Five misleading implications in the Virginia election coverage | The Knife Media

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(The Knife Media) Critical thinking is key to scientific achievement, technological progress, problem-solving, and the general development of society and culture — and that’s why The Knife advocates for it in the media. One aspect of critical thinking is spotting potentially misleading implications or assumptions.

In the media, reporters can make such assumptions in their own writing, or they can cite public officials using them. There were many examples in Tuesday’s coverage of the Virginia election (we analyzed articles published before the results were released). Below, we examine a few examples and break down the implications and how they may include flawed reasoning.

Misleading implications in news reporting

The following are statements in a reporter’s own words that contain misleading implications or assumptions. (We’ve bolded the problem areas in the examples below.)

1. The GOP candidate “tested the president’s political clout against the Democratic front-runner in Virginia’s race” (Reuters)

  • Implies: the Virginia outcome is an indicator of Trump’s power — or lack thereof — to influence local elections.
  • People choose candidates based on a variety of factors, not just because Trump supports one of the candidates. Reuters’ statement may exaggerate the president’s influence in determining the outcome.

2. “The national importance of the Virginia race was underscored before dawn on election day, when President Trump… launched three tweets on behalf of Gillespie and sharply critical of Northam.” (Los Angeles Times)

  • Implies: Trump tweeting about something means it’s important to the nation.
  • The president has a lot of influence and his tweets often lead to debate or discussion, but just because he tweets about something doesn’t automaticallymean it’s of “national importance.” (FYI, Trump has sent more than 2200tweets this year so far.)

3. “Democrats and Republicans alike are eyeing the off-year race [in Virginia]… as [an] indicator of the country’s mood a year before the midtermelections.” (The Hill) And, the vote “will determine… answers for dilemmasfaced by both major parties as they head into a titanic battle for control of Congress in 2018.” (Los Angeles Times)

  • Implies: how people vote in a few state and local elections can be an accurate indicator of how the whole country feels about national politics, or how they’ll vote next year.
  • This is a generalization. The results of a few state and local elections don’t necessarily indicate voter sentiment for the country as a whole, or solve challenges the parties are facing for midterm elections.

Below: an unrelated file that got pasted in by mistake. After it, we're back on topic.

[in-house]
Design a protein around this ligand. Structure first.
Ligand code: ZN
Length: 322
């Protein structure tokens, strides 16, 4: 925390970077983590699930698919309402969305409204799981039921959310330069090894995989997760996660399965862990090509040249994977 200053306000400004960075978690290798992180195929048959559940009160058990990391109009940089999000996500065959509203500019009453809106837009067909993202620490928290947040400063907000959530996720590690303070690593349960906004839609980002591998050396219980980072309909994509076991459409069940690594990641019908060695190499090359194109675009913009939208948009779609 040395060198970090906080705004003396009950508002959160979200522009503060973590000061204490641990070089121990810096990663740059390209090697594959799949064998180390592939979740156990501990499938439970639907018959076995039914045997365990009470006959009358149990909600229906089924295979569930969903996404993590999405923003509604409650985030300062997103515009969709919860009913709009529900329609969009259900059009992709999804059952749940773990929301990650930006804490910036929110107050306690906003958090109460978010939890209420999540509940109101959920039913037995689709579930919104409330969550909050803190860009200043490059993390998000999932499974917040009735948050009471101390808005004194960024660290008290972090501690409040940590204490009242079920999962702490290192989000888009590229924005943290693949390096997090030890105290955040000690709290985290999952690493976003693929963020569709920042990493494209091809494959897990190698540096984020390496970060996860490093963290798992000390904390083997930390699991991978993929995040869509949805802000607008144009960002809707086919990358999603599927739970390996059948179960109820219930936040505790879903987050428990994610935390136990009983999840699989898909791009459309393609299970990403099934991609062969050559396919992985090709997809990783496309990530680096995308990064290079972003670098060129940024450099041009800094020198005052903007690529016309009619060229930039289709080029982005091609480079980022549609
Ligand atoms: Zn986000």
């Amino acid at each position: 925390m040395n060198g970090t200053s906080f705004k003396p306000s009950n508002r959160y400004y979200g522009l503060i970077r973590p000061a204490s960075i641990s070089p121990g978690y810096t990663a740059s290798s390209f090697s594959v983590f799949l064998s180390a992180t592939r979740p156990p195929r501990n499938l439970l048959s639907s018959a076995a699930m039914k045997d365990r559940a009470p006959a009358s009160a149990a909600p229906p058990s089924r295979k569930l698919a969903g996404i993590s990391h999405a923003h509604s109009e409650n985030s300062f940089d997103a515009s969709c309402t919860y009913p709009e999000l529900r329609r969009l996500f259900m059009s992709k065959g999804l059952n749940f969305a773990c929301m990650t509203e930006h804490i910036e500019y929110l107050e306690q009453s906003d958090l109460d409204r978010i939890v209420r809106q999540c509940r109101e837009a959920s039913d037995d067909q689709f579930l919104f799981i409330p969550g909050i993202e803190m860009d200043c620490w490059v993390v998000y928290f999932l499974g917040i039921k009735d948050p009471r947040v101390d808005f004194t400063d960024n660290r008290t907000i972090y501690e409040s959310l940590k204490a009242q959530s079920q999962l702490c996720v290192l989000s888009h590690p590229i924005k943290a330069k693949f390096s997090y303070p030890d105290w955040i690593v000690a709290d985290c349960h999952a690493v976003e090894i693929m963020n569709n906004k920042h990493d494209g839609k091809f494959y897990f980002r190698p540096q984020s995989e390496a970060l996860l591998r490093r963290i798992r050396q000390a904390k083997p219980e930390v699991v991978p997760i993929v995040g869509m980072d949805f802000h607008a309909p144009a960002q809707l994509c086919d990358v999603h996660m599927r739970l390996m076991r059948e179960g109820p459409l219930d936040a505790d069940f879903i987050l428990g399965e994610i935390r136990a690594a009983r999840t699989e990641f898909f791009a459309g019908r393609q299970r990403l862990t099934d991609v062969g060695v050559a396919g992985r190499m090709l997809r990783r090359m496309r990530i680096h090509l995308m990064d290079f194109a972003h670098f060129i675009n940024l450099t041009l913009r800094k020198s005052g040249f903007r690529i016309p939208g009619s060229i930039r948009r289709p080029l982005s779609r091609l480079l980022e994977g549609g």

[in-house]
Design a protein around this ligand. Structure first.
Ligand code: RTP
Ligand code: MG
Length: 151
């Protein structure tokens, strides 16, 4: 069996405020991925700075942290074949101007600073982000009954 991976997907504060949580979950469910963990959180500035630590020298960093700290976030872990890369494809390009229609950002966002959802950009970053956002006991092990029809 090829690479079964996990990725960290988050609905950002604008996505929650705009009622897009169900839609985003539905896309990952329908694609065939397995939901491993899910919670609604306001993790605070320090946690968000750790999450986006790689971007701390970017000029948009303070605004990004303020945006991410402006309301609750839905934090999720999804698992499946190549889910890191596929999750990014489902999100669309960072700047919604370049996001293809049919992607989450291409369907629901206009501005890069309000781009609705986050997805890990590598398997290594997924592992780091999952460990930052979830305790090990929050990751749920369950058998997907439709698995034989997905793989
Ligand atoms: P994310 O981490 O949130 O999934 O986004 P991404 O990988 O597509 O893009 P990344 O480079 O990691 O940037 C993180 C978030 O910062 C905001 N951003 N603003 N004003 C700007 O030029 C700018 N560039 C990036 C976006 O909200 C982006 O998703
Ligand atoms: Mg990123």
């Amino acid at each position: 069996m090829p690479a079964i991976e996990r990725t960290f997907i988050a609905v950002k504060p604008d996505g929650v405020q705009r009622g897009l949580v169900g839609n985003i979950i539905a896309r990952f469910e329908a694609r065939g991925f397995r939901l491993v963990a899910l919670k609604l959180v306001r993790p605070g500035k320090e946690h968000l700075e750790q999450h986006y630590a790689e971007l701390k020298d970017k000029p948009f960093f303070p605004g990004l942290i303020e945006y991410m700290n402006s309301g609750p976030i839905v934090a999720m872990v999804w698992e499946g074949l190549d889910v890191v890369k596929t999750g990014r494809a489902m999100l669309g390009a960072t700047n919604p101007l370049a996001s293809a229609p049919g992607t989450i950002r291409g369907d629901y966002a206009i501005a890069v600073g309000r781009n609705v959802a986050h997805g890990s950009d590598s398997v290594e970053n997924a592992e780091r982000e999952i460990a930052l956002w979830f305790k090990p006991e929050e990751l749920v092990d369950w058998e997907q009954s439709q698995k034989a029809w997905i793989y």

Misleading implications by public officials

It may be useful for the news to quote politicians even when they use flawed or incomplete reasoning. But ideally, reporters would draw attention to these logical issues.

1. “Trump… wrote on Twitter the state’s economy under [Virginia’s Governor] McAuliffe ‘has been terrible.’ ‘If you vote Ed Gillespie tomorrow, it will come roaring back!’” (Reuters)

  • This may oversimplify what causes economic growth.
  • Of course, a governor can affect his state’s economy to some degree, but Trump’s tweet may oversimplify a complex system. Trump doesn’t disclose on what assumption he’s basing his conclusion, but it might imply that the governor is the most important determinant of economic performance. All sorts of factors affect Virginia’s economy, from legislation and regulations, to consumer sentiment, employment and the national economy.

2. “‘We watched a campaign in 2016 that was based on a lot of hatred, bigotry and discrimination and fear. So there is a lot of attention on Virginiaright now,’ Northam said to reporters at a campaign field office in Richmond.” (The Hill)

  • Assumes the 2016 campaign was indeed based on hatred and bigotry.
  • This may or may not be true, but it’s hard to determine because these terms are somewhat subjective and we don’t know what Northam is basing his opinion on.

 

  • Implies people are paying attention to Virginia because of the apparent hatred and bigotry last year.
  • This is a non sequitur — Northam’s second sentence doesn’t necessarily follow from the first. In order to make this work logically, we’d have to assume other premises that aren’t provided.

Written by Analea Holland and Julia Berry López

Edited by Julia Berry López, Jens Erik Gould and Rosa Laura Junco

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